Civil Liability and Courts Bill 2004: Committee Stage.

Section 1 agreed to.
SECTION 2.

Amendment No. 1 is consequential on No. 36 and the amendments may be discussed together by agreement.

Government amendment No. 1:
In page 6, subsection (1), between lines 6 and 7, to insert the following new definition:
"‘Act of 2003' means the Personal Injuries Assessment Board Act 2003;".

Amendment No.1 is consequent upon amendment No. 36 and remedies what might be regarded as a deficiency in the Personal Injuries Assessment Board Act as passed by the Oireachtas at the end of last year. Section 54(1)(c) of the Personal Injuries Assessment Board Act provides that one of the principal functions of the Personal Injuries Assessment Board shall be to cause a cost benefit analysis to be made of the legal procedures and associated processes, including those provided for by this Act, that are currently employed in the State for the purpose of awarding compensation for personal injuries. While section 54(2) provides that the board shall have all such powers as are necessary, or expedient for, or incidental to, the performance of its functions under the Act, it is considered opportune to provide a specific power for the Personal Injuries Assessment Board to require any person, including a Minister, or a body established by or under any enactment to provide it with any information it may reasonably require for the purpose of this particular function under section 54(1)(c). Subsection 2 imposes a duty to comply with the requirement of the Personal Injuries Assessment Board in this respect. This means that the Personal Injuries Assessment Board can seek a court order against a non-compliant person or body.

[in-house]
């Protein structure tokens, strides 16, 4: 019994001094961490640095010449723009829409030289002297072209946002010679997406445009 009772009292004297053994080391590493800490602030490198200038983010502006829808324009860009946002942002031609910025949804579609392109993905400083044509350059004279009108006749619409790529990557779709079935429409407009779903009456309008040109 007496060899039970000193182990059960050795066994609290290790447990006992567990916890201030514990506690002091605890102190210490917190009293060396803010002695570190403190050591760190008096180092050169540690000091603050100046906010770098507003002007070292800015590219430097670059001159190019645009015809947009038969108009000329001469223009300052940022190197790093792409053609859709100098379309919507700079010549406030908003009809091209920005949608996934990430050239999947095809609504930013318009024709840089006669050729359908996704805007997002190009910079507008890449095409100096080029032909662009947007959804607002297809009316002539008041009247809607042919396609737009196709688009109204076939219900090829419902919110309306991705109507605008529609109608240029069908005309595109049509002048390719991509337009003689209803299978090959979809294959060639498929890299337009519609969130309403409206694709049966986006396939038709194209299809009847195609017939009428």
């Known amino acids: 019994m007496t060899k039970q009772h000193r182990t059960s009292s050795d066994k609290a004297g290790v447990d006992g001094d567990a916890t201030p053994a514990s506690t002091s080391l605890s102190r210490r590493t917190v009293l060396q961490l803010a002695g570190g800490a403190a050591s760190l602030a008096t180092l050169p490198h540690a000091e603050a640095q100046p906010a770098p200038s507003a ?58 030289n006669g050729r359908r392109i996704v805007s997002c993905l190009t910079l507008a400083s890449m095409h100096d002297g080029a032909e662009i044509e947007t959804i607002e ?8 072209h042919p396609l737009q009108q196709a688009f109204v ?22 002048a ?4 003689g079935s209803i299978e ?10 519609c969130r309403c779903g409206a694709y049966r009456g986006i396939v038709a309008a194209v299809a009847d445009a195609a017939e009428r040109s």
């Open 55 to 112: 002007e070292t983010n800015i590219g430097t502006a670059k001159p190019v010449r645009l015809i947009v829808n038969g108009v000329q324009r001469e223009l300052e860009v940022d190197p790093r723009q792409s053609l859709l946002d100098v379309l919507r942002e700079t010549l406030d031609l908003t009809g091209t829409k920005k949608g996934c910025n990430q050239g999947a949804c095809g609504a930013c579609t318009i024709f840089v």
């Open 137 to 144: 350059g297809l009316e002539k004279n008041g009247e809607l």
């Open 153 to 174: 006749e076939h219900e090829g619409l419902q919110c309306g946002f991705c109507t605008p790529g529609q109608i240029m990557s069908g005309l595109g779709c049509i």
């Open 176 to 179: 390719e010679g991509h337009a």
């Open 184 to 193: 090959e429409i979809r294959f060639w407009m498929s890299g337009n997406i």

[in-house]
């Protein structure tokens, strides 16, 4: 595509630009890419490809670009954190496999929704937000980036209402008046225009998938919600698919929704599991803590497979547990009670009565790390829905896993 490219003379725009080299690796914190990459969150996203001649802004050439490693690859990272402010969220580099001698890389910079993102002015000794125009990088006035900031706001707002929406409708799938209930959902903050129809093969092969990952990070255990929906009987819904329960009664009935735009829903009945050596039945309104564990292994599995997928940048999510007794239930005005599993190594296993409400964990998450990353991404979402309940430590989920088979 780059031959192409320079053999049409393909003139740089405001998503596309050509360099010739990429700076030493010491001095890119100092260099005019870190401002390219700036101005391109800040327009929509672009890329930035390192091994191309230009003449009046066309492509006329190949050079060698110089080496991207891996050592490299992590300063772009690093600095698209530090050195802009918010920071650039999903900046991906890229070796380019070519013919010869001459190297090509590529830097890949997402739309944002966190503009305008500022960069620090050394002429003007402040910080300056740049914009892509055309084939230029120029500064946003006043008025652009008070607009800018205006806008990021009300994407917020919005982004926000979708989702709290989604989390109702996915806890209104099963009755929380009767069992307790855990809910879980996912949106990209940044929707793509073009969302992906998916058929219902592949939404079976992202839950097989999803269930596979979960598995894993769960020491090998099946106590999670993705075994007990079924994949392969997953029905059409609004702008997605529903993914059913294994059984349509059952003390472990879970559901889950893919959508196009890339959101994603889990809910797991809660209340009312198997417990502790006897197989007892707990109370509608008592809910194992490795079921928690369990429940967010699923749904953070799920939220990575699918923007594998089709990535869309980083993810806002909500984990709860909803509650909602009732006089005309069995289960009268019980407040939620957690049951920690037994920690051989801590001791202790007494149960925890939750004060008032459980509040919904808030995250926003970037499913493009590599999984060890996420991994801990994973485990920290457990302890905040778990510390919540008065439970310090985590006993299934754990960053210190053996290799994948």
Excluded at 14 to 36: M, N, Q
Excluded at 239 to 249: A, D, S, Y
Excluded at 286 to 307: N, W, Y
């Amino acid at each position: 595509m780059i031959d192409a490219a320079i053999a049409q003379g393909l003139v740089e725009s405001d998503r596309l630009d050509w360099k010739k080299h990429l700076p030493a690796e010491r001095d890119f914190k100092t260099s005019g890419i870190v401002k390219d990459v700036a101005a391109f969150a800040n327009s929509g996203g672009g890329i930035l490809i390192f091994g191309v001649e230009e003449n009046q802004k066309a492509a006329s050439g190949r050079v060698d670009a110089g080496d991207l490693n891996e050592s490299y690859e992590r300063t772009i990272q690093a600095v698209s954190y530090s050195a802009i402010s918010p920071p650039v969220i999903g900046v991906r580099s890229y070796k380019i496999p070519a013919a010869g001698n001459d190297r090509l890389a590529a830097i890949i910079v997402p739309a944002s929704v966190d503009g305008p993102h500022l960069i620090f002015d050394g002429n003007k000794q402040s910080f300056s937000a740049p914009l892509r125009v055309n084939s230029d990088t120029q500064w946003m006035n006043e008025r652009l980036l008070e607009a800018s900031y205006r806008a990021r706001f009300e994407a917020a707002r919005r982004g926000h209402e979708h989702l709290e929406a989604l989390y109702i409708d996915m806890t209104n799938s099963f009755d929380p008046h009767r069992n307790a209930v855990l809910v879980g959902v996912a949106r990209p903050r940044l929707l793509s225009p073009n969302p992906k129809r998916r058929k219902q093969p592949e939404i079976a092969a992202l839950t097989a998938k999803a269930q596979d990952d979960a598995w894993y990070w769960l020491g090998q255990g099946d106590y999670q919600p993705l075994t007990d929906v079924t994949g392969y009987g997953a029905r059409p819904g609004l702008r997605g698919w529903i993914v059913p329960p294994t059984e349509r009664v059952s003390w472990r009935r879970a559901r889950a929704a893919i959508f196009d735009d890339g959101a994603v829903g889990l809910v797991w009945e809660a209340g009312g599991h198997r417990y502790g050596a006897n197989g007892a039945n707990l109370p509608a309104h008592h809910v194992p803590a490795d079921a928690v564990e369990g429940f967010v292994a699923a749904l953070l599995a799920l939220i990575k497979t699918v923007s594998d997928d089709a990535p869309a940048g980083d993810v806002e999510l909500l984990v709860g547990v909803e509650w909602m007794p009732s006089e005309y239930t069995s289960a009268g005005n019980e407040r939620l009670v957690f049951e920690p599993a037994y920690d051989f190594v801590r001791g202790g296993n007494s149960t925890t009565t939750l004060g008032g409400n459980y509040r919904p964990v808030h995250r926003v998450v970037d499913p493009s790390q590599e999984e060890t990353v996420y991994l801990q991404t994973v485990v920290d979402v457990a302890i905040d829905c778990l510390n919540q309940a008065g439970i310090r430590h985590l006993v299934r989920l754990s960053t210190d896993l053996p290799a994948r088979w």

Amendment agreed to.
Section 2, as amended, agreed to.
Sections 3 and 4 agreed to.
SECTION 5.

Amendment No. 3 is consequential on No. 2. Therefore we will take amendments Nos. 2 and 3 together by agreement.

I move amendment No. 2:

In page 7, line 36 after "24(2),” to insert “any provision of”.

This is a technical amendment which relates to section 1(2) of the Bill. It is designed to reflect the fact that all of Part 2 might not necessarily be brought into operation on the same day and a different provision could be brought into operation on another day. It is quite clearly stated in Part 1, section 1(2) that "This Act shall come into operation on such day or days as the Minister may appoint by order or orders". The Minister is aware that we often bring forward technical amendments which are designed to be helpful and I hope that he sees them in that light.

Amendment No. 3 is quite clear; it seeks to delete the phrase "its commencement" and substitute "the commencement of that provision".

It may save time if I reply at this point that I accept these are meritorious amendments and I thank the Senator for tabling them. I am in consultation with the Office of the Parliamentary Counsel as to the exact terms to be used to achieve that effect. I intend to incorporate the Senator's amendments in a Report Stage amendment or else to accept her amendments. I just want to make sure that it is in apple pie order.

I thank the Minister for his approach.

Amendment, by leave, withdrawn.
Amendment No. 3 not moved.
Section 5 agreed to.